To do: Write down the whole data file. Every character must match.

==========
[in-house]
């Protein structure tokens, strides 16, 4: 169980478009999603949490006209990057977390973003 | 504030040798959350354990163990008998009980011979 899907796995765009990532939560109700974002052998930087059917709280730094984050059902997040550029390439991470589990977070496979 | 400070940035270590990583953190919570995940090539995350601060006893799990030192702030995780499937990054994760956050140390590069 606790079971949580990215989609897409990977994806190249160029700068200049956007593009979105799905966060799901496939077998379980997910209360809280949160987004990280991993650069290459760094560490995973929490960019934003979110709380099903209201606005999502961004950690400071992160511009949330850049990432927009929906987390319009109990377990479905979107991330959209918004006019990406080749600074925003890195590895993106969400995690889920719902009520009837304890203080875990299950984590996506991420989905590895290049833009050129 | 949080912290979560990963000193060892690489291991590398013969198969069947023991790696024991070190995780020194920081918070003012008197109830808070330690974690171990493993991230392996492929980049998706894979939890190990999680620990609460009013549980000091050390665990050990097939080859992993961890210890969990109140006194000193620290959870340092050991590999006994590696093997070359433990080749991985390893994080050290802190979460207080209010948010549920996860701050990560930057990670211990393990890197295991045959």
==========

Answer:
[in-house]
């Protein structure tokens, strides 16, 4: 169980478009999603949490006209990057977390973003 | 504030040798959350354990163990008998009980011979 899907796995765009990532939560109700974002052998930087059917709280730094984050059902997040550029390439991470589990977070496979 | 400070940035270590990583953190919570995940090539995350601060006893799990030192702030995780499937990054994760956050140390590069 606790079971949580990215989609897409990977994806190249160029700068200049956007593009979105799905966060799901496939077998379980997910209360809280949160987004990280991993650069290459760094560490995973929490960019934003979110709380099903209201606005999502961004950690400071992160511009949330850049990432927009929906987390319009109990377990479905979107991330959209918004006019990406080749600074925003890195590895993106969400995690889920719902009520009837304890203080875990299950984590996506991420989905590895290049833009050129 | 949080912290979560990963000193060892690489291991590398013969198969069947023991790696024991070190995780020194920081918070003012008197109830808070330690974690171990493993991230392996492929980049998706894979939890190990999680620990609460009013549980000091050390665990050990097939080859992993961890210890969990109140006194000193620290959870340092050991590999006994590696093997070359433990080749991985390893994080050290802190979460207080209010948010549920996860701050990560930057990670211990393990890197295991045959």